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Getting Started with Virtual Reality: An Introduction to Unity

Getting Started with Virtual Reality: An Introduction to Unity

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The Maker community is an extraordinary bunch filled with wild ideas and potential, limited only by the capabilities of the components they can get their hands on — but what if I told you there were worlds you could have complete control over? They’re out there, and over the next few years we’ll see their populations and influences explode. And I’m not talking about Mars. Welcome to the virtual worlds.

You’ll soon be able to roam these virtual worlds in an incredibly immersive way thanks to advancements in virtual reality. But — and this is where I think things get interesting for Makers — you’re not going to be limited to exploring these environments. You can actually build entire worlds from scratch. Nor are you limited to the virtual; you can build a physical controller, sensor, wind/heat generator, or wearable that responds to the virtual world and pair it with the right code to make it feel all the more real.

So we’re launching a new series here at Make: all about DIY virtual reality. First, I’ll be covering the basics of how you can build these worlds in Unity and bring them to life in VR. We’ll get started by going over the basics of Unity from the perspective of people who are used to building physical things.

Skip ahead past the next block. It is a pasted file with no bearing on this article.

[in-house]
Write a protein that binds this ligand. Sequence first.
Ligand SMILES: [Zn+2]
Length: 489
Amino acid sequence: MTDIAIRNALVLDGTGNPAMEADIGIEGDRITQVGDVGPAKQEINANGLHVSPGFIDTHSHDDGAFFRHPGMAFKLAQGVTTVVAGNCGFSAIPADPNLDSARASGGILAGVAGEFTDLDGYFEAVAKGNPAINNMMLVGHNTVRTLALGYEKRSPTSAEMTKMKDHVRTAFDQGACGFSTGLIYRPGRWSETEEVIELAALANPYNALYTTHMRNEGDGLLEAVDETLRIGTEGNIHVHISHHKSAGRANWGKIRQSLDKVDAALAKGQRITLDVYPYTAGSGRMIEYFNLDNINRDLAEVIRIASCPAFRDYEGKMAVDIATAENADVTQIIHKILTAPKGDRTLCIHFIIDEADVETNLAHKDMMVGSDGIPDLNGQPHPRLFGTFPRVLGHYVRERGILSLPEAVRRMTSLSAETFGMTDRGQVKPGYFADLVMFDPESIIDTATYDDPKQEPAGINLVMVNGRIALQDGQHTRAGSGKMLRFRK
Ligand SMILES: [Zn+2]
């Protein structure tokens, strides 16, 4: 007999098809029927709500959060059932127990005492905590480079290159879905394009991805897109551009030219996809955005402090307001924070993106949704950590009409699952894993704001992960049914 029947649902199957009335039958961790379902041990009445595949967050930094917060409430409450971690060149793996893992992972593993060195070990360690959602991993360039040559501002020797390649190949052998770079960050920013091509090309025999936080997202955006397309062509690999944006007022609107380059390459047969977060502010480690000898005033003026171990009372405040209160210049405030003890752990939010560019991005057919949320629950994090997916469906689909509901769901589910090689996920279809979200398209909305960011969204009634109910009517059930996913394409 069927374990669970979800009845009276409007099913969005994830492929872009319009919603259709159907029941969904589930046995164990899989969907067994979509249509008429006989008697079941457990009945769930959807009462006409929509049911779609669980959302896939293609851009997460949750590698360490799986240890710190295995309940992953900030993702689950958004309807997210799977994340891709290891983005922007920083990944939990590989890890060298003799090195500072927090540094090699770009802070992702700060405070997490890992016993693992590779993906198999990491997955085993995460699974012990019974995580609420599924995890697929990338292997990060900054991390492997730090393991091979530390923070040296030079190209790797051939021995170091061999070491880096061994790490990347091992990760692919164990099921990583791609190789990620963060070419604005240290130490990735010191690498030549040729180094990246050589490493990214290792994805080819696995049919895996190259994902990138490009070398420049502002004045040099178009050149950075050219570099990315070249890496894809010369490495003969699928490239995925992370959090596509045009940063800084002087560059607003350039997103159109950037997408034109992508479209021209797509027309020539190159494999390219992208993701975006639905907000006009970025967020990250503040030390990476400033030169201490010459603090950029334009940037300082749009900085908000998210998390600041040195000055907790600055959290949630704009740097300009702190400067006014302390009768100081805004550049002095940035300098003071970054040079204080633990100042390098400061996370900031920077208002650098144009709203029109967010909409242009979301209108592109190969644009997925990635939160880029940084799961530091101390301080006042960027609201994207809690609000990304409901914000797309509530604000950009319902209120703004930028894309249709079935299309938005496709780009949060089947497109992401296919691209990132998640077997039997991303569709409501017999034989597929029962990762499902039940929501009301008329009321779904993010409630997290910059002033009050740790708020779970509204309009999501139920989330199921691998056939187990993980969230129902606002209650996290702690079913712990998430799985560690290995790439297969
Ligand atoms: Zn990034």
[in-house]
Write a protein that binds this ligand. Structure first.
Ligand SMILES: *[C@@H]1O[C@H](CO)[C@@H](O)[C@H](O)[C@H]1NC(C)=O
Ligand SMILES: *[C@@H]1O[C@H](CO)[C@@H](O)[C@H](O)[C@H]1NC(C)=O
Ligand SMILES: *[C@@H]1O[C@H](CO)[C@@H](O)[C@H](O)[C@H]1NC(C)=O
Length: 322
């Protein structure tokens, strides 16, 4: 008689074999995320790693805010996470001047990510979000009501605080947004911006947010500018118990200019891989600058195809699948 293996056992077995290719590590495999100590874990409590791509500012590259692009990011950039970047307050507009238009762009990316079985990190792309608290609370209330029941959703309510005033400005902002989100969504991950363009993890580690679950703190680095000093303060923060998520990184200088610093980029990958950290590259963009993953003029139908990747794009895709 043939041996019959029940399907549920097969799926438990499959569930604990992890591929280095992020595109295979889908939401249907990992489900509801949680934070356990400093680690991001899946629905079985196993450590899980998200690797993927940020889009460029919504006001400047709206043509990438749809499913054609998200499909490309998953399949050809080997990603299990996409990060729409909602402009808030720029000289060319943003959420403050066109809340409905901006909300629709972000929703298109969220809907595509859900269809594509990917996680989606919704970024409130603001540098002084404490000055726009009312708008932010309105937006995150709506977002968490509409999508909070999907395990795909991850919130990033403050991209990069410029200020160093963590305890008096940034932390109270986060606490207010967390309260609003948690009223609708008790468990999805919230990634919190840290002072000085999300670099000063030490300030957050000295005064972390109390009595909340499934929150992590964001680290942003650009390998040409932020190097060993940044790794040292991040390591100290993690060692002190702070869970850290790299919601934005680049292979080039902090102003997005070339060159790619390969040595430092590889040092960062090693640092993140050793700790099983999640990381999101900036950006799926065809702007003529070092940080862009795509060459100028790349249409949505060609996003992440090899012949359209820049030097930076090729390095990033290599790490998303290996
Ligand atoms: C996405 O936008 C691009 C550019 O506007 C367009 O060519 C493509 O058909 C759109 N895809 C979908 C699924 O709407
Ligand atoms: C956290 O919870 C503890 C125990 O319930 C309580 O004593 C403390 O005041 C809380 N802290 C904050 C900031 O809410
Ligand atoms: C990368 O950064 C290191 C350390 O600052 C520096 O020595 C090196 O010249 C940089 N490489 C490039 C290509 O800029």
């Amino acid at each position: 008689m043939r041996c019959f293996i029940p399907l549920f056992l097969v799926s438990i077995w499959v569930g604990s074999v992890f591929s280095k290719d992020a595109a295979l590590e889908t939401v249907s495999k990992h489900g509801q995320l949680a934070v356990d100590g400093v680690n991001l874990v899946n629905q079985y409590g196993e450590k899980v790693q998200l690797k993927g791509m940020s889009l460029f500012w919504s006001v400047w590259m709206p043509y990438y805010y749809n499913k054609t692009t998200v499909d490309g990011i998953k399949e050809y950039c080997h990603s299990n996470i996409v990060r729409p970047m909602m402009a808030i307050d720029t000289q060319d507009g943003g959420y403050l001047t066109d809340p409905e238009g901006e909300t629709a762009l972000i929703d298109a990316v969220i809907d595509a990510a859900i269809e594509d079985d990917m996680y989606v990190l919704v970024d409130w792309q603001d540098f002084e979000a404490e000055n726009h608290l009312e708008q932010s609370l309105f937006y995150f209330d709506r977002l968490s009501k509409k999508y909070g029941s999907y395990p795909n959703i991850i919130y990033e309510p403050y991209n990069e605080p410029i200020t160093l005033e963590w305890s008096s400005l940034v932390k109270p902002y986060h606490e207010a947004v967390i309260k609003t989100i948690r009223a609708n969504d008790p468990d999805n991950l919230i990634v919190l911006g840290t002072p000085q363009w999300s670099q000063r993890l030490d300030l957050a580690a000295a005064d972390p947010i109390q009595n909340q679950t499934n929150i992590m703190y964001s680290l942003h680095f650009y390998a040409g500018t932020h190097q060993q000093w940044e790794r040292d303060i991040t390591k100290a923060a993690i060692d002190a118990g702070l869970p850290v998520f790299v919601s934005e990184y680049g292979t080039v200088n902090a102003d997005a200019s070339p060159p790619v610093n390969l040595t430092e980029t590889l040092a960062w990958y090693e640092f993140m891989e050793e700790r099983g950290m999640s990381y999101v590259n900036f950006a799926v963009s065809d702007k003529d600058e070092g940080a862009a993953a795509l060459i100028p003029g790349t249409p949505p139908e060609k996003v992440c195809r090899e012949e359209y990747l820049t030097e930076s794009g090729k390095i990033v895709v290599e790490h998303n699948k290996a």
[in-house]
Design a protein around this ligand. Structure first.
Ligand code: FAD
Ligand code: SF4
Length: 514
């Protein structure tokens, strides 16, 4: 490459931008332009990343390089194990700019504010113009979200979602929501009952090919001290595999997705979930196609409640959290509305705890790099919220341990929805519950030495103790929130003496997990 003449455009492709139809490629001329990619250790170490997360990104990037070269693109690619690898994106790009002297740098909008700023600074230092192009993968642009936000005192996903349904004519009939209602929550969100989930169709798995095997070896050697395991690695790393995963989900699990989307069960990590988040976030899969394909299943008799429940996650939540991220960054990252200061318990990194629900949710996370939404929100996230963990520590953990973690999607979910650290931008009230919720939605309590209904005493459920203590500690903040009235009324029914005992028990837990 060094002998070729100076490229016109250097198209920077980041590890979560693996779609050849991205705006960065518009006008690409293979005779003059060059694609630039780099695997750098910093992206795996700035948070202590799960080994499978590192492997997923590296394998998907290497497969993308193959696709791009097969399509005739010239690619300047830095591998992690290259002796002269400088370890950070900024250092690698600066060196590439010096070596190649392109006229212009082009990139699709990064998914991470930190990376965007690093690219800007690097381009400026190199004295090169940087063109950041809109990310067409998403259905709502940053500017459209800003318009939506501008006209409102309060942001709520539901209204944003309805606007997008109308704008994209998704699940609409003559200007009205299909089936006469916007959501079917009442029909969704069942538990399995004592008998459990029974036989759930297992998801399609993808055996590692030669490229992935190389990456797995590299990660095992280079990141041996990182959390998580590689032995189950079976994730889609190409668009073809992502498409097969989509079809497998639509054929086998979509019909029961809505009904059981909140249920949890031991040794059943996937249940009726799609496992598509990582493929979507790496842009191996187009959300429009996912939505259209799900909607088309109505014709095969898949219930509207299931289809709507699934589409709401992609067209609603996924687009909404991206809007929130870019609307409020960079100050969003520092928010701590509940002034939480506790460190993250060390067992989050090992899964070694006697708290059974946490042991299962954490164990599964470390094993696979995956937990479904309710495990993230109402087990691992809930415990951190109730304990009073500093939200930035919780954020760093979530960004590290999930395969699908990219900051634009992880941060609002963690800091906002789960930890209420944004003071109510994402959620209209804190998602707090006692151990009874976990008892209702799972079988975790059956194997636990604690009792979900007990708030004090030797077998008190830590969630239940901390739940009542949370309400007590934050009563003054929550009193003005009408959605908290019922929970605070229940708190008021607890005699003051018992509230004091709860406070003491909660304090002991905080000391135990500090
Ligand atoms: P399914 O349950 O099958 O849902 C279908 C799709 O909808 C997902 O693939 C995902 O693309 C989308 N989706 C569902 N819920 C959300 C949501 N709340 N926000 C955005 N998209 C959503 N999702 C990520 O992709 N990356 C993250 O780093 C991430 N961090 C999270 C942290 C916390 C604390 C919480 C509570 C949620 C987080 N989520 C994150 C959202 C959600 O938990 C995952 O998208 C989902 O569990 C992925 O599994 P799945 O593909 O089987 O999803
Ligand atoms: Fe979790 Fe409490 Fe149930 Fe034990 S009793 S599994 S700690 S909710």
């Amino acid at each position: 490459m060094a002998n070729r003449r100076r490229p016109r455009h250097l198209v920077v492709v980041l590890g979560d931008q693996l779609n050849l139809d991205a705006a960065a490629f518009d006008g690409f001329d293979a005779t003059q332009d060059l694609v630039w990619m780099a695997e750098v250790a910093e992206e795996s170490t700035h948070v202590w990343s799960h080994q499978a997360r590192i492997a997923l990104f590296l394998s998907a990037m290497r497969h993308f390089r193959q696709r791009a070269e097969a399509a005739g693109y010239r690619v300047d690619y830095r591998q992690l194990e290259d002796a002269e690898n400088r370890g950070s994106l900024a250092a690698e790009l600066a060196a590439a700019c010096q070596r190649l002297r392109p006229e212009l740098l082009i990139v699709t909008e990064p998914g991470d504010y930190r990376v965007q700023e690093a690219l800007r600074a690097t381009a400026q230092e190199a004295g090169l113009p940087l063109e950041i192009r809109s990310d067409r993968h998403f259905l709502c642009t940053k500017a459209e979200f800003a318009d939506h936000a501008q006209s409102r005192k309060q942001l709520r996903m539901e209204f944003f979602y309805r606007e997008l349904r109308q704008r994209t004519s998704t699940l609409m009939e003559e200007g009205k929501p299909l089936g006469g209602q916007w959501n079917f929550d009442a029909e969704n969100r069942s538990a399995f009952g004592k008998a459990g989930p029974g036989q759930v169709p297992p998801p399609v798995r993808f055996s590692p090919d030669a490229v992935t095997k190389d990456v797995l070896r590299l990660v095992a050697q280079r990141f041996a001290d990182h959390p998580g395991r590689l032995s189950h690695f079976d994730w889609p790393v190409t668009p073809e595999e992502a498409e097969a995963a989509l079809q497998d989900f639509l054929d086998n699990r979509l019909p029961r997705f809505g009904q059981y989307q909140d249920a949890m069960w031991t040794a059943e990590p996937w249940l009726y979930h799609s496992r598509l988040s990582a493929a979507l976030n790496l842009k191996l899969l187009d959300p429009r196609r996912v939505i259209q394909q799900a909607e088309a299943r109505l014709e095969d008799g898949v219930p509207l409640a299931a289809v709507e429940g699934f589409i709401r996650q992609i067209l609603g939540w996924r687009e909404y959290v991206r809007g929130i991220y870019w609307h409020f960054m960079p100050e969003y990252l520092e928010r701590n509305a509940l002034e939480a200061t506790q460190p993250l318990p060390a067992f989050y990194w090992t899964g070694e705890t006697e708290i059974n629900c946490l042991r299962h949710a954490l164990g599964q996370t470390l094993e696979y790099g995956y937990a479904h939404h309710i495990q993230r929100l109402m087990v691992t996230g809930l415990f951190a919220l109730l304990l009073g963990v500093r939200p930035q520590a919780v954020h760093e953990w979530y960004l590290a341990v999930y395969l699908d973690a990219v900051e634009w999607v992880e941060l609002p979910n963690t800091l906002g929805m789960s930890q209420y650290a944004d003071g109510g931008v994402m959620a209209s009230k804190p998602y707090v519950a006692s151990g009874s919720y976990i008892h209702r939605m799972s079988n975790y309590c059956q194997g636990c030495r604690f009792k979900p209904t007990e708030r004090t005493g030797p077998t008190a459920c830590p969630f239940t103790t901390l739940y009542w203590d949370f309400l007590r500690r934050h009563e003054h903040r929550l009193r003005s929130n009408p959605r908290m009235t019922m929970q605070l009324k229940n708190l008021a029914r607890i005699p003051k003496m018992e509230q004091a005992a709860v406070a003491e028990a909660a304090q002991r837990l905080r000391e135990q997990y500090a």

What is Unity?

Unity is a game development platform that can create both 2D and 3D games. It can also be used for general 3D experiences that are not games, and it’s cross platform, so it can be used to develop apps for PC, Mac OS X, consoles, iOS, Android, Windows Phone 8, the web, and more. With the emergence of VR/AR, it can also be used to develop for the Oculus, Gear VR, Playstation VR, Meta Glasses, and the Microsoft Hololens. Your creations can reach a wide range of users when built with Unity.

Project Steps


Unity comes with two versions, the Personal Edition and the Professional Edition. (Check the license agreement to see which your organization qualifies for.) The Personal Edition is free, though it places a splash screen onto your creation each time you open it. The Professional Edition allows you to change this splash screen, provides access to analytics, and lets you access some plugins which require the Professional Edition to work.

To download either edition, head over to the Get Unity page. There’s a demo there you can try out.